Twenty-five investment management firms were investigated by the FCA in 2016, a Freedom of Information Act request has revealed.
A further seven have been the subject of a so-called Section 166 notice up to July this year.
S166 reviews, also known as skilled person reviews, are conducted by the FCA when it is concerned about an aspect of a regulated firm’s business or wants to conduct further analysis.
The regulator normally appoints an expert third party to go into a firm to conduct the review, at the cost of the firm under investigation.
The data reveals that a high proportion of the firms the FCA has placed under this type of investigation have been investment management firms.
FCA data shows that, for the 2016/17 financial year, a total of 49 s166s were issued by the regulator, meaning that roughly half of these kinds of investigation were launched against firms with permissions to manage investments.
In Q1 2017/18, nine s166 reports were commissioned.
The 32 investigations covered in the FoI response are for firms with managing investment permissions, including discretionary fund managers.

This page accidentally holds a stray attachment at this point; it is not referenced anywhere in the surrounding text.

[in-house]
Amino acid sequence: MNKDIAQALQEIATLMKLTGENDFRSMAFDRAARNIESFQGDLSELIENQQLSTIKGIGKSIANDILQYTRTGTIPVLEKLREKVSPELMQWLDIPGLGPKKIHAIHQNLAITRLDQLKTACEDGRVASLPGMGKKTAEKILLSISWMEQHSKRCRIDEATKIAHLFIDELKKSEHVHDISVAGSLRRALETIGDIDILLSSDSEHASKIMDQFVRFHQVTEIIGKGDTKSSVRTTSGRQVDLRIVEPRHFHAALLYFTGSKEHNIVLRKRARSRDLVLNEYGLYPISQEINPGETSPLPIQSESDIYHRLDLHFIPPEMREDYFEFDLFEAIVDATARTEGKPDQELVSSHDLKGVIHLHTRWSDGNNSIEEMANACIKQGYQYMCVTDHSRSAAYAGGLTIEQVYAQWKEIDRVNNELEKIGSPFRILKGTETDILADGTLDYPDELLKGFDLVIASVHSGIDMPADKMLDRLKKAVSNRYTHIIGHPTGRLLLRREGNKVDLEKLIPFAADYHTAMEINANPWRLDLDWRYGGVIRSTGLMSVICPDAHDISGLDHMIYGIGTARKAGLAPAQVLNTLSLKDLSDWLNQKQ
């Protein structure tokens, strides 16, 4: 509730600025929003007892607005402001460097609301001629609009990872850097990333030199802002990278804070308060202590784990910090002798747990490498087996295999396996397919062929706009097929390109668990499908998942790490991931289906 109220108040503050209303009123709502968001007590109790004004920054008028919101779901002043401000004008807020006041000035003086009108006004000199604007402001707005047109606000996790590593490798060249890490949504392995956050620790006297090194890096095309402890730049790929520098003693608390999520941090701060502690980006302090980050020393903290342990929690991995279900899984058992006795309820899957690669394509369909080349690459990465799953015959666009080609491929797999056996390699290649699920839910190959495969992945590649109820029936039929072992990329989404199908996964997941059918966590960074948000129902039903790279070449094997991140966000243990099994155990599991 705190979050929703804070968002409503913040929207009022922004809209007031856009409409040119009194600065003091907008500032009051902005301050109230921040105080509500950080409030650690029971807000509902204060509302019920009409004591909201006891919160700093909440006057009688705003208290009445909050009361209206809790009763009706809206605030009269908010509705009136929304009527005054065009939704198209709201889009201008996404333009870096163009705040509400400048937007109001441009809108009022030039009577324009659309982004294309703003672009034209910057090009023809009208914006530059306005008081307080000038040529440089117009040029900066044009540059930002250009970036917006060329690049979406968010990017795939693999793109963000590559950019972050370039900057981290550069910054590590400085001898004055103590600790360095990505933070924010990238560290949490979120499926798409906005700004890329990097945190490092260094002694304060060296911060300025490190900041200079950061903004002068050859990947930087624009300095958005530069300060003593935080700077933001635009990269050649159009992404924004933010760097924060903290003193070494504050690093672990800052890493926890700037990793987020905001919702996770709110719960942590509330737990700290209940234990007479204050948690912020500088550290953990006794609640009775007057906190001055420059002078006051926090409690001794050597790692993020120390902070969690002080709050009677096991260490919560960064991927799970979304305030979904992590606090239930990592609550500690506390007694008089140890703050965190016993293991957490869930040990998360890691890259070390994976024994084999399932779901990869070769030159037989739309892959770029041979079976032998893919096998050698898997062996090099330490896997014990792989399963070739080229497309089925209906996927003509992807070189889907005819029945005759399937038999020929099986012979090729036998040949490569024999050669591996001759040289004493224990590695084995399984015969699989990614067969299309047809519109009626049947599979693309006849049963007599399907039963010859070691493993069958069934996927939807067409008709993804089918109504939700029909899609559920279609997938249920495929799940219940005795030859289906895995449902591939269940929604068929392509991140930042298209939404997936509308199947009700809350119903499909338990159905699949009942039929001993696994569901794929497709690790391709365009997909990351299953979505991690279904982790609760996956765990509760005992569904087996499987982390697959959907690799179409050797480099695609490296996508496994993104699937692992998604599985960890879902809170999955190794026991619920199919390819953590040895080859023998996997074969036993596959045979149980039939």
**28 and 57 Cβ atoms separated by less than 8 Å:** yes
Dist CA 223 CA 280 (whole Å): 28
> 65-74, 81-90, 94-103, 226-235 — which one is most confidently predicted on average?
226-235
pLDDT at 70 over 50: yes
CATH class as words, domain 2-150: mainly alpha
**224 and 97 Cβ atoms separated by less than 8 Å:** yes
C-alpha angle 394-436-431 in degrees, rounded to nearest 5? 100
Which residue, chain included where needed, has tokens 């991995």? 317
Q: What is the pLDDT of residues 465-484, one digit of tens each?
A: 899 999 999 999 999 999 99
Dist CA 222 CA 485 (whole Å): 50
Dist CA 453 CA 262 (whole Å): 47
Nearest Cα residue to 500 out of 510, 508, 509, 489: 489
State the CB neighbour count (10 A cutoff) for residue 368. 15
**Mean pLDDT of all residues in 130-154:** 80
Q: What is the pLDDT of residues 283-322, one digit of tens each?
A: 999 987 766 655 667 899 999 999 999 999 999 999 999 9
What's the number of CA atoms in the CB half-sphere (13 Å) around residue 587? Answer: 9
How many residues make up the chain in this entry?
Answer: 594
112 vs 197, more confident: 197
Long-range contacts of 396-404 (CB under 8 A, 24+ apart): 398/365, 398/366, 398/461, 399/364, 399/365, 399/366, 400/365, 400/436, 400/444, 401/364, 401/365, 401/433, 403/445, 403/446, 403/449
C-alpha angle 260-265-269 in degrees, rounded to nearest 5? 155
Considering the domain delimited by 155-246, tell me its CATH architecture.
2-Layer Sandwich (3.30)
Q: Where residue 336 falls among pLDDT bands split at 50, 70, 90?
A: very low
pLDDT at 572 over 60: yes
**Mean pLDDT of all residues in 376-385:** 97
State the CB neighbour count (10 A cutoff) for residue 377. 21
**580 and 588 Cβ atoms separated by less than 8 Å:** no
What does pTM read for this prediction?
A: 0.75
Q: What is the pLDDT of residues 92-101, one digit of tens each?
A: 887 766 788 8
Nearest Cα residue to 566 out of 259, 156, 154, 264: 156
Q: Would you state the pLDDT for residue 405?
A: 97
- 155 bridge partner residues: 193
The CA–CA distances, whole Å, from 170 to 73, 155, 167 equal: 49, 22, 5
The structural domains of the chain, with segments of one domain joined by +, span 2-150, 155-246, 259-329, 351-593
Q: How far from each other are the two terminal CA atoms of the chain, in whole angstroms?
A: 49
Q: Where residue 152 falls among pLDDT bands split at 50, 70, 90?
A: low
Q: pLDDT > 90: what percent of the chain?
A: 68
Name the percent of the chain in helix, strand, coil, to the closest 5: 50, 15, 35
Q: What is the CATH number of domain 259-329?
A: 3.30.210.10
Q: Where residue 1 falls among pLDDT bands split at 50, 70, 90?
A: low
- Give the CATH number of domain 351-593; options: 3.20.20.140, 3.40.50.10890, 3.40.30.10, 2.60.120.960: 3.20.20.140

All the firms with the permissions can offer discretionary management services but they may not all operate as DFMs.
The FCA explains: “There is a large number, and wide variety, of firms captured by the permissions and the number of reviews detailed below relates to this larger population of firms and isn’t solely related to the small subset of DFM firms that sits within the broader permissions.”
The s166 was the type of investigation the regulator launched earlier this year into international advice firm deVere over its pension transfer advice. The investigation came after deVere agreed to cease providing advice on pension transfers.
While banks have historically borne the brunt of the reports, it appears the FCA is looking to use its investigation for a wider set of firms.
For example, stockbroking firms underwent nine s166 investigations in 2016, compared with six for banks.